Written by: Adam Vaughn | February 25th, 2022
Vikings: Valhalla (Jeb Stuart, 2022) 3 out of 4 stars.
Continuing 100 years after the events of the six-season Vikings (2013-2020), the Netflix continuation of the franchise, Vikings: Valhalla, finds the viewer in a raging conflict between the forces of 11th-century England and the might of Viking nations seeking to overthrow the kingdom and take the throne for themselves. Loosely following historical figures such as Leif Eriksson, Freydis Eriksdotter, Harald Hardrada and William the Conqueror, Valhalla follows key events of the battle between the English and the Norse, Christian and Pagan, and friends turned foes. While this first season certainly sets us up for an epic journey, much of it feels rushed and works best if seen as a single start-to-finish narrative rather than a series opener.
Certainly, Valhalla comes with the promised spectacle and epic sequences, and I was quite pleased that through this 8-part saga, several grand and fantastic moments take center stage and prove highly enjoyable. I was immediately reminded of the savage and intense scenes found in HBO’s Game of Thrones (on a much smaller scale). The series has great direction and storytelling thus far, and the wide array of characters representing good and evil generates an adequate story to follow.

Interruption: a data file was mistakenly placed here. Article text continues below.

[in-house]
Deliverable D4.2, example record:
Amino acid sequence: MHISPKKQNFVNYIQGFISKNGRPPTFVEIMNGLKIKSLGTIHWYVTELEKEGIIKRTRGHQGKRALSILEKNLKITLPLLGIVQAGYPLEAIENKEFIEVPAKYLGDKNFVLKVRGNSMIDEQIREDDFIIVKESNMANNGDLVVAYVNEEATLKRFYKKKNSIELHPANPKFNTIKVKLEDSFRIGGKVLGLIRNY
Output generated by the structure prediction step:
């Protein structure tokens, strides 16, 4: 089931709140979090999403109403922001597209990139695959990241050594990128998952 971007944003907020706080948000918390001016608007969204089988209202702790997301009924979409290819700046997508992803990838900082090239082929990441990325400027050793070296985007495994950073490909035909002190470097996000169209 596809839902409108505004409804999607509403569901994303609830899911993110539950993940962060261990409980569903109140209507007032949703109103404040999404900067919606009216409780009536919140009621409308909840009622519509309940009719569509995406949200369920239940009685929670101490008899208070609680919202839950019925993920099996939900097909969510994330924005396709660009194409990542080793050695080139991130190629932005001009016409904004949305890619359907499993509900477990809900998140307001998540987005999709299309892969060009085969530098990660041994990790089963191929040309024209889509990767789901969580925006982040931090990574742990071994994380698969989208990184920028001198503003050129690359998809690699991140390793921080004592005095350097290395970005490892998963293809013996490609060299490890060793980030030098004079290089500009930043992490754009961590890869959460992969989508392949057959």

Sadly, Valhalla comes with a tremendously overplayed anti-Christian tone that starts to run its course by the end of the season and leads to some confusing motivation from major villains. The story seems to move at a fairly fast paced almost breezing over major ideas in order to get to the next battle sequence. Towards the end, I felt a great indifference to the abrupt exit of Bradley Freegard as King Canute, and the sudden introduction of Swen Forkbeard (Canute’s father), finding it a distraction from the film’s main plotline.
Overall, Vikings: Valhalla is exciting in its action (with brief introductions of fantasy elements) and gives the spectator what they want with adventurous scenes and well-written character journeys. While it may not be taking its time to fully build its characters, and isn’t overly complicated or thematic in terms of dialogue and the show’s main message, fans of the franchise will find an exciting adventure and their fair share of violent battles. The show, thus far, serves as an enjoyable introduction for new viewers, even if it misses the attention to detail of its predecessor, Vikings.